Comment on Nurden et al, page 2587
In this issue, Nurden and colleagues provide evidence that the severe thrombocytopenia found in a family with type 2B von Willebrand disease (VWD) is due also to impaired megakaryocytopoiesis, as shown both by changes in proteins involved in platelet calcium homeostasis and by electron microscopy (EM).
Type 2B von Willebrand disease (VWD) is an inherited bleeding disorder characterized by enhanced ristocetin-induced platelet agglutination (RIPA) in a patient's platelet-rich plasma1,2 and is due to a group of mutations clustered within von Willebrand factor (VWF) A1 domain (see figure at bottom left). The mutant type 2B VWF displays increased affinity to its platelet receptor, the glycoprotein Ibα (GPIbα). The gain of function in the VWF A1 domain creates 3 conditions that explain bleeding at the sites of injury: (1) the large, hemostatically most effective VWF multimers are decreased in plasma; (2) platelet count may be reduced; and (3) part of the GPIbα receptors may be occupied by soluble VWF and unable to interact with VWF immobilized on the tissues exposed at the sites of injury.2 The plasma VWF multimeric pattern and the degree of thrombocytopenia can vary significantly in patients with type 2B VWD.2,3 A wide degree of heterogeneity has been found in the VWF multimeric patterns, ranging from the complete loss of the high-intermediate multimers to the partial preservation of the larger VWF forms (see figure at top right). Mild to severe thrombocytopenia especially following physiologic or pathologic stress conditions such as pregnancy, infections, surgery, or use of desmopressin can be observed, while cases with severe thrombocytopenia with platelet agglutinates at baseline are very rare.2 Severe thrombocytopenia with giant platelets has been also reported.4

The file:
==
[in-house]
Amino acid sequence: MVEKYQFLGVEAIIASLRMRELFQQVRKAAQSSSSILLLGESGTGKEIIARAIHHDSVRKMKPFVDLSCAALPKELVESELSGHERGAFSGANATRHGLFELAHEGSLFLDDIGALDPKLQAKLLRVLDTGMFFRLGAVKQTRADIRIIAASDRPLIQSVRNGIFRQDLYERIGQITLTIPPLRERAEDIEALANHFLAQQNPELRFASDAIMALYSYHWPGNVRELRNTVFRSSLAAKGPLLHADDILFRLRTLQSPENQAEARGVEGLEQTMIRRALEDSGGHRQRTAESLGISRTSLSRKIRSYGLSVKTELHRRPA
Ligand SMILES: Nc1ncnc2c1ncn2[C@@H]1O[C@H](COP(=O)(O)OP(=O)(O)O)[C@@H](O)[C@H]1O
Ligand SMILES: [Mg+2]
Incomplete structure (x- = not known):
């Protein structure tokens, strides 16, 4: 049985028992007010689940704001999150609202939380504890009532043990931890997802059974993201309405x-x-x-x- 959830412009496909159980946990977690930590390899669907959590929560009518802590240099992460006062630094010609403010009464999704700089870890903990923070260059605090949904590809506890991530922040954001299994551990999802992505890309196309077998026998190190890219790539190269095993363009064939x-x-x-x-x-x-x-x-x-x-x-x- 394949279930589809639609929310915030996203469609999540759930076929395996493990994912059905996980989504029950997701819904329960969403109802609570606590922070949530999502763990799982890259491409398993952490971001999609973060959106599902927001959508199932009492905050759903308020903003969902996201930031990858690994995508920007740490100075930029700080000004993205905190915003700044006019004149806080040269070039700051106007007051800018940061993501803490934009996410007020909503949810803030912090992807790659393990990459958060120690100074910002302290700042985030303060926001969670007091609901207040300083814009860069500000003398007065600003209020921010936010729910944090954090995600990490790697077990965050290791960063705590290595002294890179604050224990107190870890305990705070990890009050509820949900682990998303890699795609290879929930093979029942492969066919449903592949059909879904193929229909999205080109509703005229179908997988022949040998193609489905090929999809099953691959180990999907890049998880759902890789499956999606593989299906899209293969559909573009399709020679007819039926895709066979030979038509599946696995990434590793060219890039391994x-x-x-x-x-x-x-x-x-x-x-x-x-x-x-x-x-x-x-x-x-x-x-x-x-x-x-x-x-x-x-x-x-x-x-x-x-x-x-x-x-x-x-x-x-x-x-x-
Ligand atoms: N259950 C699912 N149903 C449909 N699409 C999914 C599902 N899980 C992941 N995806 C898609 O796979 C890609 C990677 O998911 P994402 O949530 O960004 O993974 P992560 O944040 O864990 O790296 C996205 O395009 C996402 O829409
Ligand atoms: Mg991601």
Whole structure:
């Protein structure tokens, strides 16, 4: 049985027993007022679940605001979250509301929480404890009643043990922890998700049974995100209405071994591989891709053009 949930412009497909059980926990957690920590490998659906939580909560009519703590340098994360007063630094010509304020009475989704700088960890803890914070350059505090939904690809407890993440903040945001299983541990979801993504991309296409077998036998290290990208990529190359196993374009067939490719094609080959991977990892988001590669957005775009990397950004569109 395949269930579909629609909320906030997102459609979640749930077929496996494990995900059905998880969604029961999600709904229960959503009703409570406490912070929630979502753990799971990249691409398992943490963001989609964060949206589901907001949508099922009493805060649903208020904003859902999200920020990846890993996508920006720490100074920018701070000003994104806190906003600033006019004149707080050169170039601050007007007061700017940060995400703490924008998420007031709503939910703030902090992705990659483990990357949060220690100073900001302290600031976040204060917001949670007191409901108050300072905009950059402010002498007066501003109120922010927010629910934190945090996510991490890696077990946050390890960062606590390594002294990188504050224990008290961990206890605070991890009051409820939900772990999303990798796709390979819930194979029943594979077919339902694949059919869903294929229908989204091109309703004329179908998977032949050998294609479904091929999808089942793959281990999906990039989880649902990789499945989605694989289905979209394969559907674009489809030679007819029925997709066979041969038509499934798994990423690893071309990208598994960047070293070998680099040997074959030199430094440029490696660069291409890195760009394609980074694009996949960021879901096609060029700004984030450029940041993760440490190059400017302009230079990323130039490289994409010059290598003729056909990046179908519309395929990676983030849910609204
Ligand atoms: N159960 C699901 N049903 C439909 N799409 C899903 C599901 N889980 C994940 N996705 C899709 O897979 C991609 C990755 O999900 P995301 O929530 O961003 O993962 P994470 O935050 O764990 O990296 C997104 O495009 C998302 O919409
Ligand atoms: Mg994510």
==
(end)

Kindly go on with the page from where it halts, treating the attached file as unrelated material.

Nurden and colleagues report for the first time a family with type 2B VWD in which severe thrombocytopenia is also due to abnormal megakaryocytopoiesis. The affected members of this family carry a heterozygous mutation in the VWF A1, resulting in R1308P substitution. The net result is in vivo platelet agglutination and severe thrombocytopenia. Electron microscopy (EM) demonstrated that agglutinates were composed of rounded platelets with distinct zones of contact confirming a major role of the enhanced type 2B VWF-GPIb binding. Abnormal megakaryocytopoiesis was also involved, because plasma membrane Ca2+ ATPase and inositol triphosphate receptor were selectively increased. Moreover, findings typical of immature megakaryocytes (MKs), cultured from peripheral blood CD34 cells in the presence of TPO, were observed. Immunolocalization showed VWF not only associated with platelets, but already on the MK surface and within internal channels. Specific amino acid substitutions in the VWF A1 domain are critical, since other affected VWD patients with R1308L showed normal platelet count and no significant loss of the largest multimers.5 These studies open novel research approaches to explore basic mechanisms on type 2B VWD and on megakaryocytopoiesis. However, since platelet counts can be normal in 2B VWD, more 2B cases with thrombocytopenia should be investigated to better understand if these findings are the exception or the rule. The relevance of VWF A1-GPIb interactions influencing megakaryocytopoiesis is a novel observation likely to produce new insights into platelet production.
Dr. Federici is Associate Professor of Hematology at the University of Milan School of Medicine. ▪